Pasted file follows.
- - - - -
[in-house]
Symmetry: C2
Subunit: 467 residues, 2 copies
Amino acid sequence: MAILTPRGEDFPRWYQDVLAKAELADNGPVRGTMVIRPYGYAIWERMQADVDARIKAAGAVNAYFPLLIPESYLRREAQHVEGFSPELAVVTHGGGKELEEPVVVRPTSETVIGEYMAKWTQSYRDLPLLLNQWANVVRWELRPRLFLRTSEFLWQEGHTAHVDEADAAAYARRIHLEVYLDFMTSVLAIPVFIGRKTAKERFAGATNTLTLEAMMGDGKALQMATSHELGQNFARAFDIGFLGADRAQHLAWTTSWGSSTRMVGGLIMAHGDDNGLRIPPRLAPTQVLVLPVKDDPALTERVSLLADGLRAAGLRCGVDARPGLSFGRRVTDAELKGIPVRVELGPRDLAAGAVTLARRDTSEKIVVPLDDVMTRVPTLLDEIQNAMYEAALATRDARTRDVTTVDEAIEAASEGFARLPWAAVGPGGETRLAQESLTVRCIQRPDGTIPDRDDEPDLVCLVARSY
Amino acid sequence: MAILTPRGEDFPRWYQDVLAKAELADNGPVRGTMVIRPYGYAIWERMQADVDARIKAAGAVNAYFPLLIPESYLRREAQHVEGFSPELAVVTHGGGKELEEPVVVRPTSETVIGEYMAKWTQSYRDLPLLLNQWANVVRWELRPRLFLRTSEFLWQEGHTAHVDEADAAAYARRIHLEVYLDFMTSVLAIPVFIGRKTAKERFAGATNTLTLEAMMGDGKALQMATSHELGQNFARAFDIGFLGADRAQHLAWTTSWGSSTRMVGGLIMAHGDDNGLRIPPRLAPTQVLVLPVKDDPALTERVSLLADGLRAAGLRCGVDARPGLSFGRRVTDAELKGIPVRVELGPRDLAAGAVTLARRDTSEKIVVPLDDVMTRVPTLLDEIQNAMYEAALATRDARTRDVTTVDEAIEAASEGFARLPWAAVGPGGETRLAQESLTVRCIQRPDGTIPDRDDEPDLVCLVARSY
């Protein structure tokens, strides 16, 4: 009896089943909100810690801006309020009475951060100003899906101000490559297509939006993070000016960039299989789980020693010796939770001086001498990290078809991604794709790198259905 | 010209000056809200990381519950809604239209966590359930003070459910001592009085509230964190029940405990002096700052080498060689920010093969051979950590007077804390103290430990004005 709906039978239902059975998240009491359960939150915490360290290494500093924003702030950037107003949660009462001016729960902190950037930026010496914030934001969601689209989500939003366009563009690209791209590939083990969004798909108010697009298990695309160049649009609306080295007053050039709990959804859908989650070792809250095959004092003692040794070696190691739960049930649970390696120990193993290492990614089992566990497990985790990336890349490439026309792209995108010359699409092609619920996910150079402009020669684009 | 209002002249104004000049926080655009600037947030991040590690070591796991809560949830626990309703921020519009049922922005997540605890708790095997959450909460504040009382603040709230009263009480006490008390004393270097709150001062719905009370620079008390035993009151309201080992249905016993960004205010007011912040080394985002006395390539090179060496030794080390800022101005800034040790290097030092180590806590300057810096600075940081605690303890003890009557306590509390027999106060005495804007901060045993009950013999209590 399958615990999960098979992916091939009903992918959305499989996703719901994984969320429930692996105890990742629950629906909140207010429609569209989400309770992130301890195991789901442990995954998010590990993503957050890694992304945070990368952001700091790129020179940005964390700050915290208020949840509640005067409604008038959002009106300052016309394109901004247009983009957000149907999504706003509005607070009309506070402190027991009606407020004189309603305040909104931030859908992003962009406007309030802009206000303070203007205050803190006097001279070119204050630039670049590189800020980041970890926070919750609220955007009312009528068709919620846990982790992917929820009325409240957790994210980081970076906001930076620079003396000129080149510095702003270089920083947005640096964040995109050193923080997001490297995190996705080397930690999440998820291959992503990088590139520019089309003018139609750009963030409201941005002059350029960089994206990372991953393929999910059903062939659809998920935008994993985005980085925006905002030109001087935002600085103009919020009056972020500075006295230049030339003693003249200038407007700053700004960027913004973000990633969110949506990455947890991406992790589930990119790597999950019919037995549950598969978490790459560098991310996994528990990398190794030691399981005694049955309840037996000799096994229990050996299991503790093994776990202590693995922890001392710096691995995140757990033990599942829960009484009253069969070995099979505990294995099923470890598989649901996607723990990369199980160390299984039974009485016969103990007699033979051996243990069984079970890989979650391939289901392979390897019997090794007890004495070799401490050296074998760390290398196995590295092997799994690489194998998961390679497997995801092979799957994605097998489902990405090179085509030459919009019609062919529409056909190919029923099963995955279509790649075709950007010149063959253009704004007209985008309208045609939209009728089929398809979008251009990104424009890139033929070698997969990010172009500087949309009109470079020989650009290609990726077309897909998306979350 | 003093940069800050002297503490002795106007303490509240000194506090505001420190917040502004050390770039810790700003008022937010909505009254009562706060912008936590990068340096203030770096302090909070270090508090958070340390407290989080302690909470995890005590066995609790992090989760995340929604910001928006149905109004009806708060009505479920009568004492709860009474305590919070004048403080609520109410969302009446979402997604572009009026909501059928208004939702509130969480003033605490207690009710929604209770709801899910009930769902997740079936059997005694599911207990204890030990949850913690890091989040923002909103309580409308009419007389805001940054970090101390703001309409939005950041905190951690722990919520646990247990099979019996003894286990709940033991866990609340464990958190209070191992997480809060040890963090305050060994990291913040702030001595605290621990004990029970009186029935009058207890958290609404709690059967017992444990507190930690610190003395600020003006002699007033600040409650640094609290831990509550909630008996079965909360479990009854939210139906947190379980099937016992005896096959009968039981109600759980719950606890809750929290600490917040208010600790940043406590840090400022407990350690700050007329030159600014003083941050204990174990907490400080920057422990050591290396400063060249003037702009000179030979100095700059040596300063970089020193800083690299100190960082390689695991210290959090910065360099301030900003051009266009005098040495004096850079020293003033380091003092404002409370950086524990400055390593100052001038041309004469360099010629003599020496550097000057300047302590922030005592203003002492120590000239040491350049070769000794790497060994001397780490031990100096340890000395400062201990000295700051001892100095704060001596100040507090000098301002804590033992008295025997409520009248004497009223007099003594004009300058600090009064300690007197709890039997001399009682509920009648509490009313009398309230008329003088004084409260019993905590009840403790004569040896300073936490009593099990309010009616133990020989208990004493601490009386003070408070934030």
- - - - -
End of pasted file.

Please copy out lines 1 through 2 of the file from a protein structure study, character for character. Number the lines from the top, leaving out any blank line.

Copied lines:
[in-house]
Symmetry: C2